Author: Whelan Detrick 迪惠蘭
That year, I attended UW-Stout University, Menomonie, Wisconsin as a graduate school student majoring in Media Technology. In the snowy winter days, I routinely worked in the school cafeteria early mornings, went to Classes, completed school projects and had little time for leisure.
One day, I wore the winter coat that my mother made for me, for the severe winter of Wisconsin. The road was icy and freezing and I clumsily slipped! My classmate Tedla quickly helped me up. He offered me a cup of coffee to warm up my body. That day’s class was over, I simply responded OK. I had not yet recovered from the shock of the fall. This was the first time I experienced coffee. While tasting that bitter taste of coffee, my good friend, Emily, walked over and asked me with a smile, “You also drink coffee?” I hadn’t replied yet, she already walked away, mischievously. Tedla asked me who she was, and asked me to introduce Emily to him. His strategy was that we would go out for dinner together, he would invite his good friend, John, to join us. This way, he could concentrate on talking to Emily. That was the plan, so I met John.
John’s parents were kind pastors. When Telda and Emily had time, we followed John to Cadott which was a small city near the university, to visit John’s parents. In addition to John’s parents, his older and younger brother were also pastors. Gradually, they became very interested in my Taiwanese background and often asked me about some Taiwanese customs, culture, geography and history.
Poor me, a good student under Kuomintang’s ideological education in Taiwan, I found that I knew almost nothing about Taiwan. People were so enthusiastic about wanting to know my background, but I didn’t know much. I couldn’t even think of what kind of culture Taiwan has. In the Japanese era, my parents accepted Japanese culture. After the Chinese came to Taiwan, students learned Chinese culture. But my parents and grandparents often verbally said, “We are Taiwanese …………..” and never said “We are Chinese …”. This is how my Taiwan consciousness began to sprout, grow, and thrive. I called back to Taiwan several times just to listen to my mother ’s caring Holo dialect. After the severe winter, the spring blossomed, and occasionally I heard earthworms screaming, I thought I was in Hsinchu! Taiwan.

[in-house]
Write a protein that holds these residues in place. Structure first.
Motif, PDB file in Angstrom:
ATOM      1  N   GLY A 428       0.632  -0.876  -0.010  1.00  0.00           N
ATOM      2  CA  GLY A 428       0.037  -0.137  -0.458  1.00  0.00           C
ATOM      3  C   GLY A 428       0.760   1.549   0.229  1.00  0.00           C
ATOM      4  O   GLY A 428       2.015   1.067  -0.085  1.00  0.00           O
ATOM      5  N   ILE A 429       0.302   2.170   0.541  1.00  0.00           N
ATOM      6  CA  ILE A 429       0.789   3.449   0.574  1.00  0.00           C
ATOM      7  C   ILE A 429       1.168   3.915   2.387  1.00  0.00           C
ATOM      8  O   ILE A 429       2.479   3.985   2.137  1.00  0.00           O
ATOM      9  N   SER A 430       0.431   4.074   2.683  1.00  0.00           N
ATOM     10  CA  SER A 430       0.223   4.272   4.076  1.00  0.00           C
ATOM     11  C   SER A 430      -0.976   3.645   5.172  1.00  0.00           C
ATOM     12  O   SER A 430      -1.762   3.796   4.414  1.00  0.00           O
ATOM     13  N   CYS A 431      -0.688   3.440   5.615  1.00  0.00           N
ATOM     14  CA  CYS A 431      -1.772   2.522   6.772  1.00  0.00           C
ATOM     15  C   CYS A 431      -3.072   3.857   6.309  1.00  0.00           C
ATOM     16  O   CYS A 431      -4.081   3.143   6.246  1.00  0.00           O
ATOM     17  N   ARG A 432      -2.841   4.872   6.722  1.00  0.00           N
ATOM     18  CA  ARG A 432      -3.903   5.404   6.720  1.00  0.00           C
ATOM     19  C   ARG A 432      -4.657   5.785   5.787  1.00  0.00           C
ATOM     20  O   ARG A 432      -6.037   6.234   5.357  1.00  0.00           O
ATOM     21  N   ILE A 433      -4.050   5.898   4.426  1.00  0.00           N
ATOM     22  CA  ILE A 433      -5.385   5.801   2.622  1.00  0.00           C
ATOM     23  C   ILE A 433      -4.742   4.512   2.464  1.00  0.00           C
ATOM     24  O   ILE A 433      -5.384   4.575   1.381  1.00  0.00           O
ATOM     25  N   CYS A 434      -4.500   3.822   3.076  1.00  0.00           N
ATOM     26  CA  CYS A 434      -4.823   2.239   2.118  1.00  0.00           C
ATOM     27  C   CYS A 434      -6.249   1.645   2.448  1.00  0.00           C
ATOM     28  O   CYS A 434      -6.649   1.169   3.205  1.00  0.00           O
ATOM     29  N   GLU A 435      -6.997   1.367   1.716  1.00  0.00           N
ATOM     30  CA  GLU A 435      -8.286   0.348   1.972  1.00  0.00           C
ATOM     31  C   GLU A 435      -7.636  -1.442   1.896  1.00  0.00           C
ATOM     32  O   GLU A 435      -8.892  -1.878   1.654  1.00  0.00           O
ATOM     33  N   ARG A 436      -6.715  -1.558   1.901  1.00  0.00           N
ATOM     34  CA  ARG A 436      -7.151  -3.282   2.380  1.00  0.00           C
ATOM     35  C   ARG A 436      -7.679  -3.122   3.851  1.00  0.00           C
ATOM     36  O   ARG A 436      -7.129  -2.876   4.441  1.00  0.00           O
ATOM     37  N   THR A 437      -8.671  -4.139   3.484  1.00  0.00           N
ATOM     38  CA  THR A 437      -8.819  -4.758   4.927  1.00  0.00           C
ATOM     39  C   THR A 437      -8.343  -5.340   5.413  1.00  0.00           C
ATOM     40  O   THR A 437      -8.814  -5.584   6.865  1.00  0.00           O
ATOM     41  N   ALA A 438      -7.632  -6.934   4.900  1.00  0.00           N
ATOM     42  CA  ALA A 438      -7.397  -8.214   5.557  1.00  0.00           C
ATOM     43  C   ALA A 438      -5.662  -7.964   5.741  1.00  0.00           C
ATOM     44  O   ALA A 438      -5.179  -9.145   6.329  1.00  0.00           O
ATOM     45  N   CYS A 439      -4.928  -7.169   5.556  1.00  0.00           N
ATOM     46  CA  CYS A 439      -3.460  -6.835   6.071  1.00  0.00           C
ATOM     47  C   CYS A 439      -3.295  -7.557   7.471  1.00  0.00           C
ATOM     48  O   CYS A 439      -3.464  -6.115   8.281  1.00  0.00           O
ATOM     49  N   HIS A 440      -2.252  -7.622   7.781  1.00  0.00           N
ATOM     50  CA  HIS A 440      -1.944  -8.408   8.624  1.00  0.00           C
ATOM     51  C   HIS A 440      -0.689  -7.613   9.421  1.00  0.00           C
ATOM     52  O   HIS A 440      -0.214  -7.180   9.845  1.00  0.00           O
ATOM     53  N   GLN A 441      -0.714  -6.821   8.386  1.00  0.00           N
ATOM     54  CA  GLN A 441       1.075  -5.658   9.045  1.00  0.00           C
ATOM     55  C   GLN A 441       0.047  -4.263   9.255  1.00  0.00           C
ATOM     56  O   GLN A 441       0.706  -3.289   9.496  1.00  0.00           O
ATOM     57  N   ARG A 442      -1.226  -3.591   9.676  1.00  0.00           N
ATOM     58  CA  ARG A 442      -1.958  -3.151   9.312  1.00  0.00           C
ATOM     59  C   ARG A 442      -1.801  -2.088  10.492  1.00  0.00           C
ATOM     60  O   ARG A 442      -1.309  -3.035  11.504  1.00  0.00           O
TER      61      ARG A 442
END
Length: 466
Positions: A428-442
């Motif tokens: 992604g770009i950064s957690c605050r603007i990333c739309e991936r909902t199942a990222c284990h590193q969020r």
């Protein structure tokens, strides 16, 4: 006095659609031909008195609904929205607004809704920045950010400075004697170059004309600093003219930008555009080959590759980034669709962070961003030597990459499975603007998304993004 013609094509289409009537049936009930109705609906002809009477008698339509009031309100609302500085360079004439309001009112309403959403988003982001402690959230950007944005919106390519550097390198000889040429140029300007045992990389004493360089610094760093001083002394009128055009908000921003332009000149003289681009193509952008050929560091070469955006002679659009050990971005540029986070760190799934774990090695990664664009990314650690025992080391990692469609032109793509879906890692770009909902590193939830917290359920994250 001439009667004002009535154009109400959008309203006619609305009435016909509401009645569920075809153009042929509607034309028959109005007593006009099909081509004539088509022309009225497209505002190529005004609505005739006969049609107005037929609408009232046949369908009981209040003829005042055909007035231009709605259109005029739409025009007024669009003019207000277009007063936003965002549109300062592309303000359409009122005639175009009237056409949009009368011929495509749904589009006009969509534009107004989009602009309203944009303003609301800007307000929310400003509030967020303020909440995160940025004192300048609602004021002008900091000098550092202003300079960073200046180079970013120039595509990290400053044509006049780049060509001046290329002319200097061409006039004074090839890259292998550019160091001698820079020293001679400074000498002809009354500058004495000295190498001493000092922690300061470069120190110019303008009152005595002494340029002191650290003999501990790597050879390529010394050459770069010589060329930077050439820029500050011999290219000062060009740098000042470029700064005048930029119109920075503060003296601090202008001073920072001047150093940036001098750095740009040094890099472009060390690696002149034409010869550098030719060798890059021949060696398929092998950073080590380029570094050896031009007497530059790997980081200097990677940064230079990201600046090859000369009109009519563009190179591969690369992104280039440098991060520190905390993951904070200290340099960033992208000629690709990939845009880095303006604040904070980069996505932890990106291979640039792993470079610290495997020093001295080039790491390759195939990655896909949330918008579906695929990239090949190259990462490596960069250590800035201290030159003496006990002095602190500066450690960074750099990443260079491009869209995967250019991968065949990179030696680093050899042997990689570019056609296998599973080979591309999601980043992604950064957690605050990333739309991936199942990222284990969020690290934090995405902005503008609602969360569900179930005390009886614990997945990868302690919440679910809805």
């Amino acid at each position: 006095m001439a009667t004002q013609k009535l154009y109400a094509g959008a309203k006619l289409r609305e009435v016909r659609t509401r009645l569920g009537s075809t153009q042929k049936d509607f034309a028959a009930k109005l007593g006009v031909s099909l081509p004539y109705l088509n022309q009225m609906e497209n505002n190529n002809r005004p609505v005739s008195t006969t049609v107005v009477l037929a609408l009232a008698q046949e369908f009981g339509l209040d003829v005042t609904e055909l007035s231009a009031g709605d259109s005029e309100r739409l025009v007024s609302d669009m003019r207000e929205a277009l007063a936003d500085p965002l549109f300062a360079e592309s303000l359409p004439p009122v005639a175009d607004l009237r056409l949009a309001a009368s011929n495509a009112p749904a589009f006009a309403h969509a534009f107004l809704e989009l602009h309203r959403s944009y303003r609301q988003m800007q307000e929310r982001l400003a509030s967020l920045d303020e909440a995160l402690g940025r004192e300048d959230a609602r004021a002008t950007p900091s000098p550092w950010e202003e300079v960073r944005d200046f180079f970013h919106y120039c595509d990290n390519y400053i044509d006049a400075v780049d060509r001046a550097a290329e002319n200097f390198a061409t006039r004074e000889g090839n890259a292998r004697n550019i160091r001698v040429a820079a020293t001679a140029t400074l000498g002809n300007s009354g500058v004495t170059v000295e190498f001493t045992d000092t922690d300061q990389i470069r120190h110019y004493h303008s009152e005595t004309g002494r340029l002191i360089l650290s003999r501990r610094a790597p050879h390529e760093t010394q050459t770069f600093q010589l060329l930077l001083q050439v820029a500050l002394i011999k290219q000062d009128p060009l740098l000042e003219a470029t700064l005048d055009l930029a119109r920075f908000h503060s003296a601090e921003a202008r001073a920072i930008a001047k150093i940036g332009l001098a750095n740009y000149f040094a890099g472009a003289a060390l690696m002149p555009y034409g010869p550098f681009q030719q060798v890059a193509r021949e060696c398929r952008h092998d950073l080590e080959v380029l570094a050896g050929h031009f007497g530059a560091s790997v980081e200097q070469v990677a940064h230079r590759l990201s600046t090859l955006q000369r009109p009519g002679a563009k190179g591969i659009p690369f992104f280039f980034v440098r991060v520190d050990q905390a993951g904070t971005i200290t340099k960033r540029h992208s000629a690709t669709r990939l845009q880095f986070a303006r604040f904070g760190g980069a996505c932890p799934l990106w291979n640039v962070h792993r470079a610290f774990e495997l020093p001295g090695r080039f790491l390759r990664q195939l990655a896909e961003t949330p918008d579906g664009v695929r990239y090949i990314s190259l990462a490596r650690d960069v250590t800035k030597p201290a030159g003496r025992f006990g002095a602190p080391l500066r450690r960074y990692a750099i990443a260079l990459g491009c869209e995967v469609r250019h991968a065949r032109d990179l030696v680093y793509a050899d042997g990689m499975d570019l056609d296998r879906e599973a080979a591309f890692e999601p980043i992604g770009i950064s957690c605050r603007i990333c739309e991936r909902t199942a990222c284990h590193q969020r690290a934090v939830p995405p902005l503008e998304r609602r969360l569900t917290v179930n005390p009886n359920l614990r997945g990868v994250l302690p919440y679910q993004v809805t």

Telda and Emily had a sweet and passionate relationship. However, they broke-up!! But John often came to visit me. Our friendship rose warmly.
Taiwanese have a saying, “Planting flowers, flowers won’t bloom., but willows sprout all over”, we were not only married, but also had a pair of lovely children. John often told people proudly, “My wife is made in Taiwan.” Absolutely! He really knew his goods, not only had a beloved wife, but also had two lovely children.
Early 1995, John was sawing an old willow tree branch for a neighbor across from our street and unfortunately slipped off the ladder which was 23 feet high. An ambulance drove him to urgent care. I was working and informed by my neighbor. Immediately I drove to urgent care, John was stiff, had massive internal organs bleeding, and had a brain injury index of 2. The doctor told me that all parents, brothers and children who were close to John, hurried to visit him. He was in a coma for at least two months. I drove to the hospital, 25 miles away, to visit him every early morning, noon and after work. Our children studying in different universities came to the hospital and played the violin by his bedside every weekend regardless if they were busy with schoolwork and work. They played the most beautiful and touching violin music for him. All the nurses and doctors praised the music and it was very pleasant, only John was lying quietly, silently, speechlessly, no expression and motionless.
The entire emergency room was covered with GETWELL cards and filled with all kinds of flowers. Thanks to the Lord’s grace, John was alive. Slowly, he opened his eyes, moved hands and feet weakly, smiled motionlessly, spoke words that no one understood, scribbled words that no one knew, tried to unplug dozens of tubes from his body, and played in his wheelchair. He did not know how to wash his face, brush his teeth, comb his hair, nor change clothes. Rehabilitation was slow and frustrating. Even though he was given a license to drive, he often drove recklessly. However, after years of active rehabilitation and improvement, coupled with the care, prayers, and support of relatives and friends, he was able to drive me to participate in Taiwanese gatherings and meetings.
If I can contribute a little bit to Taiwan’s Freedom & Democracy today. I really want to thank the Lord for his love and give me the ability to contribute. Thanks also to John for his enlightenment, company, and encouragement.
Translated from 296. 那一年/迪惠蘭/2015/07 by Whelan Detrick
Posted on 11/17/2020